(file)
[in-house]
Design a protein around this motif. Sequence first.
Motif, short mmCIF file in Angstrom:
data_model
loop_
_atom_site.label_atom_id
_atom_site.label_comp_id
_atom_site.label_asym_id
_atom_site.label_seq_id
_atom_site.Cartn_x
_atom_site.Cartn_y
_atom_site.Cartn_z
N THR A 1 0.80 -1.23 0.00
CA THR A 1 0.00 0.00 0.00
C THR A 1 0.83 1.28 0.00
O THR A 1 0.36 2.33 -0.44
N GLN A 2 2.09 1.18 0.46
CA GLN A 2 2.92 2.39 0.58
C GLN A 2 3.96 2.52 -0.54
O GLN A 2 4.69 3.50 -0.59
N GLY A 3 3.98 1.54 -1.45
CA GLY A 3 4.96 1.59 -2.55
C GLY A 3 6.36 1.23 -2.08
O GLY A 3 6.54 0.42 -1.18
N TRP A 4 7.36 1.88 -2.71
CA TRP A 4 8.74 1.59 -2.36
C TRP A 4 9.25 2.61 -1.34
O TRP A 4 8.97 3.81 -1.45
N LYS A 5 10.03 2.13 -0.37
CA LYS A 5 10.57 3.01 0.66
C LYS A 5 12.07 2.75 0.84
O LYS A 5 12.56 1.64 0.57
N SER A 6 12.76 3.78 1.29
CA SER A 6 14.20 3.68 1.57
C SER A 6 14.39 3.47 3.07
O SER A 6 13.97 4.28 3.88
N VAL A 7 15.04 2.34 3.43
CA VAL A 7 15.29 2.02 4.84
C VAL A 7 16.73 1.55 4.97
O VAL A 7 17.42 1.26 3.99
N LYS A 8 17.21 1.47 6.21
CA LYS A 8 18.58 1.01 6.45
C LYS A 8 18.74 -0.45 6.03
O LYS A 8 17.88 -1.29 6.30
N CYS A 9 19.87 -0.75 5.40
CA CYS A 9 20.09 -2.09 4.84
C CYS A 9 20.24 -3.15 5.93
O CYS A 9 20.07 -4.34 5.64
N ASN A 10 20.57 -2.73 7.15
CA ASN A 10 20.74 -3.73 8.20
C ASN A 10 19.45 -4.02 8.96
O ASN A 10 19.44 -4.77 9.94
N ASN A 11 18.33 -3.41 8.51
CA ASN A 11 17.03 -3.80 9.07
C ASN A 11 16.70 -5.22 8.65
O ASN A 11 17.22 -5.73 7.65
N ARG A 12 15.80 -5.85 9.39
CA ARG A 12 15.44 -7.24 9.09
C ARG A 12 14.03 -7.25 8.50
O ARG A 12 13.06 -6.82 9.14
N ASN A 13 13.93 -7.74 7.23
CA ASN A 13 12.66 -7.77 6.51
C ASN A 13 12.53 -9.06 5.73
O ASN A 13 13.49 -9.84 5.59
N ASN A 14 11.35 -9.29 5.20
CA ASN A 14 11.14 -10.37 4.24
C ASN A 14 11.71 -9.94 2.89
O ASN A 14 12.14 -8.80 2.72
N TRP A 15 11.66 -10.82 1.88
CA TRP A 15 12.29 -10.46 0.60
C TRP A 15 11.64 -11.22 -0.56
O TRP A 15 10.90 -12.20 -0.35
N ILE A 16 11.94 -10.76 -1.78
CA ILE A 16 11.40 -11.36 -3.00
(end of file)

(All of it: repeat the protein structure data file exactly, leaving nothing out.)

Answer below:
[in-house]
Design a protein around this motif. Sequence first.
Motif, short mmCIF file in Angstrom:
data_model
loop_
_atom_site.label_atom_id
_atom_site.label_comp_id
_atom_site.label_asym_id
_atom_site.label_seq_id
_atom_site.Cartn_x
_atom_site.Cartn_y
_atom_site.Cartn_z
N THR A 1 0.80 -1.23 0.00
CA THR A 1 0.00 0.00 0.00
C THR A 1 0.83 1.28 0.00
O THR A 1 0.36 2.33 -0.44
N GLN A 2 2.09 1.18 0.46
CA GLN A 2 2.92 2.39 0.58
C GLN A 2 3.96 2.52 -0.54
O GLN A 2 4.69 3.50 -0.59
N GLY A 3 3.98 1.54 -1.45
CA GLY A 3 4.96 1.59 -2.55
C GLY A 3 6.36 1.23 -2.08
O GLY A 3 6.54 0.42 -1.18
N TRP A 4 7.36 1.88 -2.71
CA TRP A 4 8.74 1.59 -2.36
C TRP A 4 9.25 2.61 -1.34
O TRP A 4 8.97 3.81 -1.45
N LYS A 5 10.03 2.13 -0.37
CA LYS A 5 10.57 3.01 0.66
C LYS A 5 12.07 2.75 0.84
O LYS A 5 12.56 1.64 0.57
N SER A 6 12.76 3.78 1.29
CA SER A 6 14.20 3.68 1.57
C SER A 6 14.39 3.47 3.07
O SER A 6 13.97 4.28 3.88
N VAL A 7 15.04 2.34 3.43
CA VAL A 7 15.29 2.02 4.84
C VAL A 7 16.73 1.55 4.97
O VAL A 7 17.42 1.26 3.99
N LYS A 8 17.21 1.47 6.21
CA LYS A 8 18.58 1.01 6.45
C LYS A 8 18.74 -0.45 6.03
O LYS A 8 17.88 -1.29 6.30
N CYS A 9 19.87 -0.75 5.40
CA CYS A 9 20.09 -2.09 4.84
C CYS A 9 20.24 -3.15 5.93
O CYS A 9 20.07 -4.34 5.64
N ASN A 10 20.57 -2.73 7.15
CA ASN A 10 20.74 -3.73 8.20
C ASN A 10 19.45 -4.02 8.96
O ASN A 10 19.44 -4.77 9.94
N ASN A 11 18.33 -3.41 8.51
CA ASN A 11 17.03 -3.80 9.07
C ASN A 11 16.70 -5.22 8.65
O ASN A 11 17.22 -5.73 7.65
N ARG A 12 15.80 -5.85 9.39
CA ARG A 12 15.44 -7.24 9.09
C ARG A 12 14.03 -7.25 8.50
O ARG A 12 13.06 -6.82 9.14
N ASN A 13 13.93 -7.74 7.23
CA ASN A 13 12.66 -7.77 6.51
C ASN A 13 12.53 -9.06 5.73
O ASN A 13 13.49 -9.84 5.59
N ASN A 14 11.35 -9.29 5.20
CA ASN A 14 11.14 -10.37 4.24
C ASN A 14 11.71 -9.94 2.89
O ASN A 14 12.14 -8.80 2.72
N TRP A 15 11.66 -10.82 1.88
CA TRP A 15 12.29 -10.46 0.60
C TRP A 15 11.64 -11.22 -0.56
O TRP A 15 10.90 -12.20 -0.35
N ILE A 16 11.94 -10.76 -1.78
CA ILE A 16 11.40 -11.36 -3.00